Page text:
Nvidia settles GTX 970 4GB class action lawsuits

Written by Antony Leather

July 29, 2016 // 11:29 a.m.

Tags: #geforce #gtx-970 #nvidia #nvidia-gtx-970-35gb #nvidia-settles-gtx-970-4gb-class-action-lawsuits

Nvidia has settled a series of lawsuits relating to the issues around the GTX 970's specifications.

It has agreed to settle $30 for each buyer of the card, although the courts still have the final say and, as of yet, there's no information on how US owners of GTX 970s can go about making the claim, detailed on Top Class Actions.

The launch of the GeForce GTX 970 in 2014 was marred by complaints about the amount of available memory.

Nvidia specified the GTX 970 was equipped with 4GB of memory, which it was, but only 3.5GB was available at maximum bandwidth. The memory was essentially split into two partitions, with the further 0.5GB of GDDR5 seeing bandwidth cut for that section by up to 80 percent.

In addition, the card was reported to have 64 ROPs - it only had 56 - and the L2 cache was actually 1,792KB and not the advertised 2,048KB. Much of these issues wouldn't affect gamers using low to mid-range resolutions, or at least the performance drop would be marginal, but where the extra memory did come into play at higher resolutions, the slower portion of the memory would be accessed and would perform much slower than expected.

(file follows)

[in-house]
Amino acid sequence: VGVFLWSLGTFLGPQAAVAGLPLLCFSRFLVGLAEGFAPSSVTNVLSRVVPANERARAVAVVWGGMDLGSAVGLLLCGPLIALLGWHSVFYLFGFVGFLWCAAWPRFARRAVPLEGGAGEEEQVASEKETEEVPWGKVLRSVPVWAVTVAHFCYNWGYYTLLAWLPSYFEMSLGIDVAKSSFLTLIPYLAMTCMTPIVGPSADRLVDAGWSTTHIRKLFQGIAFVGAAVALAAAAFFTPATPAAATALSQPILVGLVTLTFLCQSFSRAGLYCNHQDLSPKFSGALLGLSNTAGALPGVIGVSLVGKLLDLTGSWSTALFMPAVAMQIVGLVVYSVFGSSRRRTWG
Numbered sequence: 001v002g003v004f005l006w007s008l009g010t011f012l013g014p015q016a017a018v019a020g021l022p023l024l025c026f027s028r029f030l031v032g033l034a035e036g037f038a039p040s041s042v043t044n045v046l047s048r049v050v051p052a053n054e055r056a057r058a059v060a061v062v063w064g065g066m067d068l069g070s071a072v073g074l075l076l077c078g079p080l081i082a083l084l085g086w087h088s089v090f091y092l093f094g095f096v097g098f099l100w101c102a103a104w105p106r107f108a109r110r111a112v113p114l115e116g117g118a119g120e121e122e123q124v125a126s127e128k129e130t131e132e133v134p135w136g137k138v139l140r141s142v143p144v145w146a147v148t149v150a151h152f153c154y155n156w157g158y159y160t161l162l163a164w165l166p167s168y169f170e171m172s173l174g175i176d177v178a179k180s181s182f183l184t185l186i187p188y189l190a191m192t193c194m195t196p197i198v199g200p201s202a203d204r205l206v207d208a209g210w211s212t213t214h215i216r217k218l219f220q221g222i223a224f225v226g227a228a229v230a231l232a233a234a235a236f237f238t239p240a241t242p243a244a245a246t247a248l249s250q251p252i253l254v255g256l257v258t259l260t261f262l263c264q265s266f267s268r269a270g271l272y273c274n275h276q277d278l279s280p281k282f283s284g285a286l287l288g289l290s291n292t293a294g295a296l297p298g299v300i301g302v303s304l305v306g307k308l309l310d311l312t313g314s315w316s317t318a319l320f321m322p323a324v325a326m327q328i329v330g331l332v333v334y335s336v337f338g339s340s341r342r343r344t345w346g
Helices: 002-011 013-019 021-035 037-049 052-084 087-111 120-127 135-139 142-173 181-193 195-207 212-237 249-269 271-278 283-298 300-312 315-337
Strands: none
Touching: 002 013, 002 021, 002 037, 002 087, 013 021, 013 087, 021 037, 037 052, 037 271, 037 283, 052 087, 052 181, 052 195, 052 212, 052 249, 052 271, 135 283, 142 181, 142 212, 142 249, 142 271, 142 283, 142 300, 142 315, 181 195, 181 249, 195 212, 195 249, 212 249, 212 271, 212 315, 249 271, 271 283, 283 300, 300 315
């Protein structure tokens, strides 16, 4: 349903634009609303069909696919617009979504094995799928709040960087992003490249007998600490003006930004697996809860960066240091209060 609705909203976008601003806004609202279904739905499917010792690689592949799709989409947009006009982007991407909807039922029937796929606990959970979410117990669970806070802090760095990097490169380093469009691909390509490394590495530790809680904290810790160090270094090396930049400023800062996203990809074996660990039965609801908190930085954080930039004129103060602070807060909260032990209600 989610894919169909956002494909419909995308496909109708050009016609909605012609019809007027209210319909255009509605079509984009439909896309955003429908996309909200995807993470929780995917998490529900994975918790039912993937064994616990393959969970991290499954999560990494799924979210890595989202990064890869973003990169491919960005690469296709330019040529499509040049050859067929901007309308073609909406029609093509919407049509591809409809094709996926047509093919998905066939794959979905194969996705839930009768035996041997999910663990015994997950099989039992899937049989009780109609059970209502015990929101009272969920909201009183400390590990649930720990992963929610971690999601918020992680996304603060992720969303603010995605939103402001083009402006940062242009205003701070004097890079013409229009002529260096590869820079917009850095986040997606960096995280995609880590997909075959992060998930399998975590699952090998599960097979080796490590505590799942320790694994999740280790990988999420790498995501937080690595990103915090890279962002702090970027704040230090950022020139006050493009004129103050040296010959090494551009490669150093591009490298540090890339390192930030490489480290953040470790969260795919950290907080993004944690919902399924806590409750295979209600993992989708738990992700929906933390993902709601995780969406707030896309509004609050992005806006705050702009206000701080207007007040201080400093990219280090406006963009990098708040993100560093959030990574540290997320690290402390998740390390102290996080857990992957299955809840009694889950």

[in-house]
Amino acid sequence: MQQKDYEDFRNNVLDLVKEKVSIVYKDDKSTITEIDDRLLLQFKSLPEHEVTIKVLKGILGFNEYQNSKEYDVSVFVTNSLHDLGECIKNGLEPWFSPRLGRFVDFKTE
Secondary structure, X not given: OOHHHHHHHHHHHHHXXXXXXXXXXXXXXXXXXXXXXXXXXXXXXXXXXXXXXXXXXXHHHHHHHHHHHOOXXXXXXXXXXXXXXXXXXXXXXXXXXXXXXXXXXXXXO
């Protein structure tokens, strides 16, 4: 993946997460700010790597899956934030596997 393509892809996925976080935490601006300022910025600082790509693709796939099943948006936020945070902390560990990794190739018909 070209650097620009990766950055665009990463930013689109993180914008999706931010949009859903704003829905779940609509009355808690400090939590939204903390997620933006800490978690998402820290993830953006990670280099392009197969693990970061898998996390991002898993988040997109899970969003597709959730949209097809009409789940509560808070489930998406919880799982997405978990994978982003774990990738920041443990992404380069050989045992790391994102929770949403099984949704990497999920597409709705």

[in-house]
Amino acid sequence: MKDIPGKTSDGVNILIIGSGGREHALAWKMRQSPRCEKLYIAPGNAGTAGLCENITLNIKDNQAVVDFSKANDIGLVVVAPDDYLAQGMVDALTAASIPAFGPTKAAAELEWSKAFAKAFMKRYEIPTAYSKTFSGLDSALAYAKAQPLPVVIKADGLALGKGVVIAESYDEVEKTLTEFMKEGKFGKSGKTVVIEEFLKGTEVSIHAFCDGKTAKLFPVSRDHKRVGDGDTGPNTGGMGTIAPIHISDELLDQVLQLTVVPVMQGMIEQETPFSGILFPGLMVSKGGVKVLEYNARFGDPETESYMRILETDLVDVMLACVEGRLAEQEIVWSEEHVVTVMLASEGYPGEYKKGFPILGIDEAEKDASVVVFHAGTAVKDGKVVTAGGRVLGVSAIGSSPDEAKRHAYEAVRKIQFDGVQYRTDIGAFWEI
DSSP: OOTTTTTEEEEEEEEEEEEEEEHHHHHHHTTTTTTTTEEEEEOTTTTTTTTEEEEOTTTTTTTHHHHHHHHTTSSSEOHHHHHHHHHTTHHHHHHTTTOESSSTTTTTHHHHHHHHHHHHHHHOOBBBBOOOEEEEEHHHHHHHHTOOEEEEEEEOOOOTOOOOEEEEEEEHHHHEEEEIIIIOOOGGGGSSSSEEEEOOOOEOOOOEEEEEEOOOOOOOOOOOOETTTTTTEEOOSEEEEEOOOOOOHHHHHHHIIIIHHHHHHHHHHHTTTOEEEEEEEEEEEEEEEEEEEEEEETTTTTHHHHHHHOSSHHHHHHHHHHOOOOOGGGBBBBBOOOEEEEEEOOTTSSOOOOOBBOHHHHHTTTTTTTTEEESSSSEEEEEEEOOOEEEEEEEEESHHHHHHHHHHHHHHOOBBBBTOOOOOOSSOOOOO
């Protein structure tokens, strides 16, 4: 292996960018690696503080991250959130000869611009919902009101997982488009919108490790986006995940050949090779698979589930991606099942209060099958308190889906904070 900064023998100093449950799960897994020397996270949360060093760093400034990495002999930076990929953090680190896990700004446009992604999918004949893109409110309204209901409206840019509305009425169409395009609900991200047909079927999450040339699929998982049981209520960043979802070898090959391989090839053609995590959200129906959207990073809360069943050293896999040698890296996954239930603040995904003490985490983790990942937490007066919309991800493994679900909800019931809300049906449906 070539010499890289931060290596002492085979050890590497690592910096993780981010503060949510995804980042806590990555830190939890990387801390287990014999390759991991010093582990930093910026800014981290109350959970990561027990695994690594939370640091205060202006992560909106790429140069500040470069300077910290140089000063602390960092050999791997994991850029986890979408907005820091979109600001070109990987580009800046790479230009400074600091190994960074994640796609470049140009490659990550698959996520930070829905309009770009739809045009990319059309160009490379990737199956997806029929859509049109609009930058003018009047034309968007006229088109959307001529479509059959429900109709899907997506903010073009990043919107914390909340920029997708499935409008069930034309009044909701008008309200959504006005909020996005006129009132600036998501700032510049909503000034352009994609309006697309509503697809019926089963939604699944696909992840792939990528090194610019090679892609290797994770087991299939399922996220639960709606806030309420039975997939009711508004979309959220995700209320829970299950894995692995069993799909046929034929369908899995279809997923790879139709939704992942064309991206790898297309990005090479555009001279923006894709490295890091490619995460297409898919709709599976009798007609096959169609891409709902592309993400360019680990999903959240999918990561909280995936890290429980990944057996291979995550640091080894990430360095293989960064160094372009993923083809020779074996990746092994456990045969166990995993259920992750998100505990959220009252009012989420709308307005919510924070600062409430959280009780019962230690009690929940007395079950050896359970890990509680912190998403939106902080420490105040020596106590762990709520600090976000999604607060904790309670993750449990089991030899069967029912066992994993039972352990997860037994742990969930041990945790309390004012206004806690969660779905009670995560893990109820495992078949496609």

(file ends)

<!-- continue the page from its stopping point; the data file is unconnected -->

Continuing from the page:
Nvidia settles GTX 970 4GB class action lawsuits *Nvidia settles GTX 970 4GB class action lawsuits

Details of the original claim brought in 2015 show plaintiff Andrew Ostrowski stated he 'noticed that when using a high resolution monitor, the devices caused applications to slow, sputter, and cease working.'

'He also noticed that video games requiring higher levels of performance would not work properly'.

'Subsequently, Plaintiff learned that this was due to the material misrepresented or undisclosed fact that the alleged 4GB GDDR5 (Graphic Double Data Rate x 5 Memory) capability of the GPU, in actuality, only uses 3.5GB at the GDDR5 operating speed, while the remaining 500MB operates 80 percent slower, therefore not qualifying as actual GDDR5 memory capability device'.

'Moreover, the device had less ROPs and L2 cache than advertised, further lessening the capabilities, uses and benefits of the GTX 970'.

Despite these issues, the GTX 970 was regarded as a capable graphics card with good efficiency and performance for the price and remains very popular as a result.
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